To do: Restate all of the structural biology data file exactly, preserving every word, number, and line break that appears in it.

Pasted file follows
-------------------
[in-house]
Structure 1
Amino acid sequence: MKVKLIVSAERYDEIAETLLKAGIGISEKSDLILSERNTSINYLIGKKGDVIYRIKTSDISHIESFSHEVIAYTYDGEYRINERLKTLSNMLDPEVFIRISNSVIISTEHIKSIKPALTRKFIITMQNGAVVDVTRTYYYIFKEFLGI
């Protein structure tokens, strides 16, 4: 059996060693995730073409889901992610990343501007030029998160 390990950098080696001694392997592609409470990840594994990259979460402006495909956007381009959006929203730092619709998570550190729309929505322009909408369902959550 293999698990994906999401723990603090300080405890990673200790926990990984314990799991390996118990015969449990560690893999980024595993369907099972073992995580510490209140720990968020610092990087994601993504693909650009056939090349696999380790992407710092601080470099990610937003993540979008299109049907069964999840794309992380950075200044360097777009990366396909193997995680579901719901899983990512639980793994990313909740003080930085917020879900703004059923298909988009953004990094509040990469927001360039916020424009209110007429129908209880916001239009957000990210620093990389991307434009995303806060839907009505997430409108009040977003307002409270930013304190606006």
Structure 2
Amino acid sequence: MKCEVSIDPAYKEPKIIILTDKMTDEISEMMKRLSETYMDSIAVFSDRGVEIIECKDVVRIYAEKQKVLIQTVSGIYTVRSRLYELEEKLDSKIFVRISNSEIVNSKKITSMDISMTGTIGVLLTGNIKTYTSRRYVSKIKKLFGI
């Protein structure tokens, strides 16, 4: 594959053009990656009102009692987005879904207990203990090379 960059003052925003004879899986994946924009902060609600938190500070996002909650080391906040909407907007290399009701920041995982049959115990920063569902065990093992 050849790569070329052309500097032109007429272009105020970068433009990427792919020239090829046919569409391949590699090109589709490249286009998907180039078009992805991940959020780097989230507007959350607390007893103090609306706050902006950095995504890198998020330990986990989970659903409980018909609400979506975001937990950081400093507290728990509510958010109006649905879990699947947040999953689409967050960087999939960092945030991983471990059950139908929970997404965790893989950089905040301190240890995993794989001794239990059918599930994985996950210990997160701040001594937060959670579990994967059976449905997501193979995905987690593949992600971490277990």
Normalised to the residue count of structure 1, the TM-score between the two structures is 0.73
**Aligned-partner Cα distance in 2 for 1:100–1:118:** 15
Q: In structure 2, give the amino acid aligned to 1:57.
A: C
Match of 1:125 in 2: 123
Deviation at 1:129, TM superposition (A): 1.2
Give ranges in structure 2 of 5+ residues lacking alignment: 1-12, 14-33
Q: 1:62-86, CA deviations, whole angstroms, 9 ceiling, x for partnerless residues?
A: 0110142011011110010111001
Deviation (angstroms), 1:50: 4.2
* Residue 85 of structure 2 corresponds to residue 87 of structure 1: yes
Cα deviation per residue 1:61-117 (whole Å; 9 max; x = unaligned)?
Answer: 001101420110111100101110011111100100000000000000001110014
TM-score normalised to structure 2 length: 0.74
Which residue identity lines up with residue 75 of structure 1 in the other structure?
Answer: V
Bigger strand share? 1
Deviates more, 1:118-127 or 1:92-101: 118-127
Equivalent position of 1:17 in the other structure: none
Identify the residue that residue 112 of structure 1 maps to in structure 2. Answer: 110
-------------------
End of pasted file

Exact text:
[in-house]
Structure 1
Amino acid sequence: MKVKLIVSAERYDEIAETLLKAGIGISEKSDLILSERNTSINYLIGKKGDVIYRIKTSDISHIESFSHEVIAYTYDGEYRINERLKTLSNMLDPEVFIRISNSVIISTEHIKSIKPALTRKFIITMQNGAVVDVTRTYYYIFKEFLGI
């Protein structure tokens, strides 16, 4: 059996060693995730073409889901992610990343501007030029998160 390990950098080696001694392997592609409470990840594994990259979460402006495909956007381009959006929203730092619709998570550190729309929505322009909408369902959550 293999698990994906999401723990603090300080405890990673200790926990990984314990799991390996118990015969449990560690893999980024595993369907099972073992995580510490209140720990968020610092990087994601993504693909650009056939090349696999380790992407710092601080470099990610937003993540979008299109049907069964999840794309992380950075200044360097777009990366396909193997995680579901719901899983990512639980793994990313909740003080930085917020879900703004059923298909988009953004990094509040990469927001360039916020424009209110007429129908209880916001239009957000990210620093990389991307434009995303806060839907009505997430409108009040977003307002409270930013304190606006």
Structure 2
Amino acid sequence: MKCEVSIDPAYKEPKIIILTDKMTDEISEMMKRLSETYMDSIAVFSDRGVEIIECKDVVRIYAEKQKVLIQTVSGIYTVRSRLYELEEKLDSKIFVRISNSEIVNSKKITSMDISMTGTIGVLLTGNIKTYTSRRYVSKIKKLFGI
């Protein structure tokens, strides 16, 4: 594959053009990656009102009692987005879904207990203990090379 960059003052925003004879899986994946924009902060609600938190500070996002909650080391906040909407907007290399009701920041995982049959115990920063569902065990093992 050849790569070329052309500097032109007429272009105020970068433009990427792919020239090829046919569409391949590699090109589709490249286009998907180039078009992805991940959020780097989230507007959350607390007893103090609306706050902006950095995504890198998020330990986990989970659903409980018909609400979506975001937990950081400093507290728990509510958010109006649905879990699947947040999953689409967050960087999939960092945030991983471990059950139908929970997404965790893989950089905040301190240890995993794989001794239990059918599930994985996950210990997160701040001594937060959670579990994967059976449905997501193979995905987690593949992600971490277990």
Normalised to the residue count of structure 1, the TM-score between the two structures is 0.73
**Aligned-partner Cα distance in 2 for 1:100–1:118:** 15
Q: In structure 2, give the amino acid aligned to 1:57.
A: C
Match of 1:125 in 2: 123
Deviation at 1:129, TM superposition (A): 1.2
Give ranges in structure 2 of 5+ residues lacking alignment: 1-12, 14-33
Q: 1:62-86, CA deviations, whole angstroms, 9 ceiling, x for partnerless residues?
A: 0110142011011110010111001
Deviation (angstroms), 1:50: 4.2
* Residue 85 of structure 2 corresponds to residue 87 of structure 1: yes
Cα deviation per residue 1:61-117 (whole Å; 9 max; x = unaligned)?
Answer: 001101420110111100101110011111100100000000000000001110014
TM-score normalised to structure 2 length: 0.74
Which residue identity lines up with residue 75 of structure 1 in the other structure?
Answer: V
Bigger strand share? 1
Deviates more, 1:118-127 or 1:92-101: 118-127
Equivalent position of 1:17 in the other structure: none
Identify the residue that residue 112 of structure 1 maps to in structure 2. Answer: 110